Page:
The Internet of Things: And you thought Facebook was a game-changer

Heather Bertram | Design Editor

Look around you.  How many things have you used in the last five minutes that were connected to the Internet? My guess is at least one. Imagine everything you use having some sort of internet connection. I mean everything. This idea isn’t that far off. Actually it’s inevitable, and it’s already here.

So what’s going to happen?

“Things” will be connected

Alarm clocks will communicate with your local weather station to let you sleep in on a snow day. Your fridge will order groceries for you when it sees you’re out of stock. A broken washing machine will notify the company to send parts. Your car will eventually drive itself (Google’s team of experts have already implemented this idea in California). Your home will be a network of devices all communicating with each other.

Ads will target YOU

You think you’re targeted now with ads on Facebook? Imagine walking into a grocery store and picking up an item. The item then scans you through your phone and a personalized ad displays suggesting a product you might like to try. As you walk by, ads will be able to target you and you alone.

Phones will be like a magic wand

What will our phones be capable of? You’ll be able to monitor your home security or thermostat, make retail transactions and turn on and off your home appliances like a coffee pot or lights. Android will be releasing one of it’s latest projects, Android@Home. This will let your appliances communicate with Android Apps running on an Android device like a smartphone or tablet.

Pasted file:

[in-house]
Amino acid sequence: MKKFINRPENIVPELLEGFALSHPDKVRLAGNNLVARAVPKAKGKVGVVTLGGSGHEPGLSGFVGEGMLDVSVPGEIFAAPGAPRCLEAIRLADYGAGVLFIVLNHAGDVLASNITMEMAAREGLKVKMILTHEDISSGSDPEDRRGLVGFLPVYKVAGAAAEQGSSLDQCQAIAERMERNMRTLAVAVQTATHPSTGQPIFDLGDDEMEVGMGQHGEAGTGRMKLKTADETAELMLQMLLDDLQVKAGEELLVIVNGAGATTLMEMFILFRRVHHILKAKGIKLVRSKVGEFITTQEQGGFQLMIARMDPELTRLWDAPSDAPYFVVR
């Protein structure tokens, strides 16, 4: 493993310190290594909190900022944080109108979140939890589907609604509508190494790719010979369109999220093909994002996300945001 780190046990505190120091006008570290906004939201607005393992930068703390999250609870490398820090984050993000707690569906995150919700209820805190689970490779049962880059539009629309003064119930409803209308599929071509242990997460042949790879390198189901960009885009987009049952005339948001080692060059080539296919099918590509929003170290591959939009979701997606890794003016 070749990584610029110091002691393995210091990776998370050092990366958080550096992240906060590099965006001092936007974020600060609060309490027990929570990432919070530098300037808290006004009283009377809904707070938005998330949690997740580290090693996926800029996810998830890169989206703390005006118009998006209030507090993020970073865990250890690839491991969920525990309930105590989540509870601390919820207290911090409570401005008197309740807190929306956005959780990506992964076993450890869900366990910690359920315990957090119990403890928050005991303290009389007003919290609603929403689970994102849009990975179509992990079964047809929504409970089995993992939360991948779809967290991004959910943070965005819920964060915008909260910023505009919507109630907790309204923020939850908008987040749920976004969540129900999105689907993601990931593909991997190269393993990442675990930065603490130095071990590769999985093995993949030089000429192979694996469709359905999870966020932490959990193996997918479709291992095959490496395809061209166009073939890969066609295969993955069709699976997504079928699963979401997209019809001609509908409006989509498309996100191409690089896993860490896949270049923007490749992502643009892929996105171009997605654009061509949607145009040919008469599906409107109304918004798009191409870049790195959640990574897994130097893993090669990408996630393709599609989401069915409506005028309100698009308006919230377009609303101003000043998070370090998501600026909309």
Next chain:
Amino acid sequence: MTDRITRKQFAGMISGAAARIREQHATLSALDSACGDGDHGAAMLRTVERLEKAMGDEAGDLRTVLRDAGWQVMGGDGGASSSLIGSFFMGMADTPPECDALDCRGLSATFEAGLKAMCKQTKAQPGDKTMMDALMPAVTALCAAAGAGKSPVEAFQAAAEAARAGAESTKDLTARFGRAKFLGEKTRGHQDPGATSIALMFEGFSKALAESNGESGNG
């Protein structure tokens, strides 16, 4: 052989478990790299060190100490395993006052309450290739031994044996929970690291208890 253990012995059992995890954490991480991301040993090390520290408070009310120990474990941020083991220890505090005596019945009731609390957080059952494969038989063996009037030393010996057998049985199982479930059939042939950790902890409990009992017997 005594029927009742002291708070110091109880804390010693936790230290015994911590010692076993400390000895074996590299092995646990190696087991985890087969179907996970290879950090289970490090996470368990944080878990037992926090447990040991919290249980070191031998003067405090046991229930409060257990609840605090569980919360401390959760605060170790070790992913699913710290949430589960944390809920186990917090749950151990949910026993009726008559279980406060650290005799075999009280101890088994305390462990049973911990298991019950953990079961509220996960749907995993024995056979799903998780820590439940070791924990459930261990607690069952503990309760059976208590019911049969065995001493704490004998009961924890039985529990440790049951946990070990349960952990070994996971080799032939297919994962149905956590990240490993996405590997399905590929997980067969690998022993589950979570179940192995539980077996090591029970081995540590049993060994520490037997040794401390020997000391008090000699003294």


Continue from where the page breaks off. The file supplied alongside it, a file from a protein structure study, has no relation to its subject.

Long term effects

Pros

This is good news for business, health care and alleviating poverty, since we will be able to get more from products and operate more efficiently in these areas.

Cons

Less privacy. They want to connect every object, person, and pet.

Jobs will be lost. If a device can connect to another without getting you involved, where’s the need for people?

 

Ready or not, our environment will change drastically within the next five to ten years. Devices that are not connected will be just plain lonely.

 

Click here for a quick visual walk-through:


 

 

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